Death Spa (1988)
Director: Michael Fischa
Death Spa is far better than it has any right to be even though it rips off far better movies in the genre. I chose Death Spa for review purely based on its delightfully over-the-top VHS art, but it turned out to be the kind of movie I hope for when I review these cheesy 1980's horror films. It's a movie with a through-and-through cheesy concept that somehow manage to rise above its technical and narrative limitations to deliver something surprisingly entertaining.
The Starbody Health Spa is one of the hottest and hippest health spas around, attracting all the hard-bodied boys and girls to its health bar, saunas, synchronized dance classes, swimming facilities, full-frontal female showers, and annual Mardi Gras costume party! Since his wife committed suicide by setting herself on fire, the spa owner, Michael (William Bumiller), has gone all out to make Starbody the best Health Spa money can by. He even goes so far as to employ his dead wife's spiteful brother David (Merritt Butrick) as a computer programmer to create a fully automated gym computer system. After Michael's new girlfriend is gassed and blinded by chlorine in a freak steam room accident, more unusual accidents and deaths start to occur. Are the deaths the result of a glitch in the computer system or are they murders perpetrated by David? Maybe it's corporate sabotage or the ghostly work of Michael's vengeful dead wife? Actually, it's all of these things put together. Rest assured, the jumbled mess of a plot does eventually unravel itself after a number of nude or semi-nude women are killed in mysterious and increasingly gory circumstances deep within the dark confines of the STARBODY HEALTH SPA, or as its neon sign declares after some of its lights burn out, the STARBODY HEALTH SPA
Rating: 3 / 5 Blind Sunglasses
IS IT SILLY?
Death Spa is not a serious horror film, but it's not an intentional comedy either. Although the characters play it straight, the events are so over-the-top, and the setting is so ridiculous (and by today's standards coated in so much 80's cheese it could be a Velveeta commercial) that the film manages to achieve some kind of weirdly motivating energy that keeps rolling through the film's boring filler scenes. The downside of the film's silliness is its convoluted plot. The narrative is a mess of threads in an attempt to copy other movies. Many have mentioned that Death Spa is a ripoff of Killer Workout, but there's also elements of Carrie, Psycho, and even a slight hint of Electric Dreams in here. As I've said, however, once you push past the filler, the tangle of thread manages to adhere into an appealing balance of straight-faced ridiculousness and unintentional 1980s oddities (see the excessive number of choreographed dance sequences).
We interrupt Death Spa with a scene from Flashdance.
Sometimes an asparagus is just a limp green penis.
IS IT SEXY?
"Arrgh, the censors promised me these would be water-soluble!"IS IT SHOCKING?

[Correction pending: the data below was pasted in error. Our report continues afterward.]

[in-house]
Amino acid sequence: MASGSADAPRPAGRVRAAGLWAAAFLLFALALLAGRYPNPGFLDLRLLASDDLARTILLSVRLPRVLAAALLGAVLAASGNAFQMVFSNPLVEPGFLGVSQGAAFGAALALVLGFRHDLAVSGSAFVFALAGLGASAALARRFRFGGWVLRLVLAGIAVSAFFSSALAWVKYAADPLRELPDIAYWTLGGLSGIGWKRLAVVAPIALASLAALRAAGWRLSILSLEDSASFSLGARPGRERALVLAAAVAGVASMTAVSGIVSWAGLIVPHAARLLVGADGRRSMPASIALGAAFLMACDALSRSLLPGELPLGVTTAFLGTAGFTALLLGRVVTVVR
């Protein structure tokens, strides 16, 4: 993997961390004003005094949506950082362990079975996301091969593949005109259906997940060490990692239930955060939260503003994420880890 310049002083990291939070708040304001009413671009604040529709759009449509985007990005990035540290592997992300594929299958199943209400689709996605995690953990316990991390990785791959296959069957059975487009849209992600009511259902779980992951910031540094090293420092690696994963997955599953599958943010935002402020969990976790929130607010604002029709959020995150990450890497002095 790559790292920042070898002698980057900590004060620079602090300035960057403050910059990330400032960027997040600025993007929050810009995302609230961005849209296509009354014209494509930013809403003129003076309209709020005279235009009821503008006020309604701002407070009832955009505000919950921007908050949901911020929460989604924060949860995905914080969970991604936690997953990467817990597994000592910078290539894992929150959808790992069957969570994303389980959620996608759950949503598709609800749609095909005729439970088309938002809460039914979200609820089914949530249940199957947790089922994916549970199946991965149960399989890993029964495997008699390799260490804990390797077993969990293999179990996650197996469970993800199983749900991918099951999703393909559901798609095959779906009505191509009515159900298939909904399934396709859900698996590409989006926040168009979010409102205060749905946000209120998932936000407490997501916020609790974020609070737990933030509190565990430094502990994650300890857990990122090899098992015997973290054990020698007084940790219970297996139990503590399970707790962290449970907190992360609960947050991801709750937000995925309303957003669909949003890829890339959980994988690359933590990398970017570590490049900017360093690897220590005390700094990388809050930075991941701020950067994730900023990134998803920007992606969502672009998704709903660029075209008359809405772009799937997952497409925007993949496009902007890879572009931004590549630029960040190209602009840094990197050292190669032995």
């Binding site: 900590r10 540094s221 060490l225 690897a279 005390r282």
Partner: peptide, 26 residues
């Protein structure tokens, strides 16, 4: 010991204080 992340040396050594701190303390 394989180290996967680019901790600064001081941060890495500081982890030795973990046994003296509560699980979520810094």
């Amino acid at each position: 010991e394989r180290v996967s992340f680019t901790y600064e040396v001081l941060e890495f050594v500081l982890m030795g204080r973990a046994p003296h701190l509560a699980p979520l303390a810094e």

Well, Booger, there's some of that too. Death Spa hails from the time when women went for a more natural look below the belt and there wasn't this modern (and almost pathological) obsession with shaving and waxing.
Death Spa comes out of the gate with an impressive number of well-executed and surprisingly gory murders. Not all the effects succeed, but most are quite shocking if not in their brutal quality then in their unexpectedness. In one of my favorite scenes, a character has a run-in with the film's villain in which his hand blows up inexplicably before arcing a gush of blood across the screen. A number of the deaths are due to some form of burning (which is thematically integral to the story), but others are offed in typical slasher movie fashion -- impaled, severed, or maimed by everyday objects.
IS IT SURREAL?
Death Spa is no Eraserhead, but has a number of inventive and bizarre deaths that might leave you thinking, "Did they just do that?". For example, one character is killed when a frozen fish comes back to life and clamps down on his jugular. Another characters is blown to jig-saw pieces by a violently erupting mirror. The film also makes extensive use surreal roaming camera and POV shots. In one of the most interesting early scenes, the camera appears to be static (to the point you forget that you're looking at the scene through the camera's lens). Then, without cutting, the camera starts to move and follow the characters, thrusting the audience into a sudden POV mode.
The film is also a major tease. There are more build-ups to terrifying moments that never happen than there are terrifying moments. For some reason, I fell for this bait and switch every time. You can't be sure what is real because the director is uncommonly good at setting up expectations and playing against them. All the red-herrings and misdirection starts to feel like a cheap attempt to pad the running time, but for most of the film it's fun to know you can't really trust what's going on. The convoluted plot doesn't help, but on a visual level you can't trust what you're seeing, and this adds a needed level of uncertainty.
So, in the end, Death Spa exceeded my low expectations. Unlike other low-rent bore-fests from the same year, such as The Rejuvenator (review), Death Spa manages to make me forgive its hackneyed script, ridiculous plot, and unhelpful running-time by offering solid visual directing, visually interesting sets, satisfying carnage, constant nudity, and some surprising twists and turns. It's 80's cheese, for sure, but worth seeing on a night in when you're looking for something garish and gory.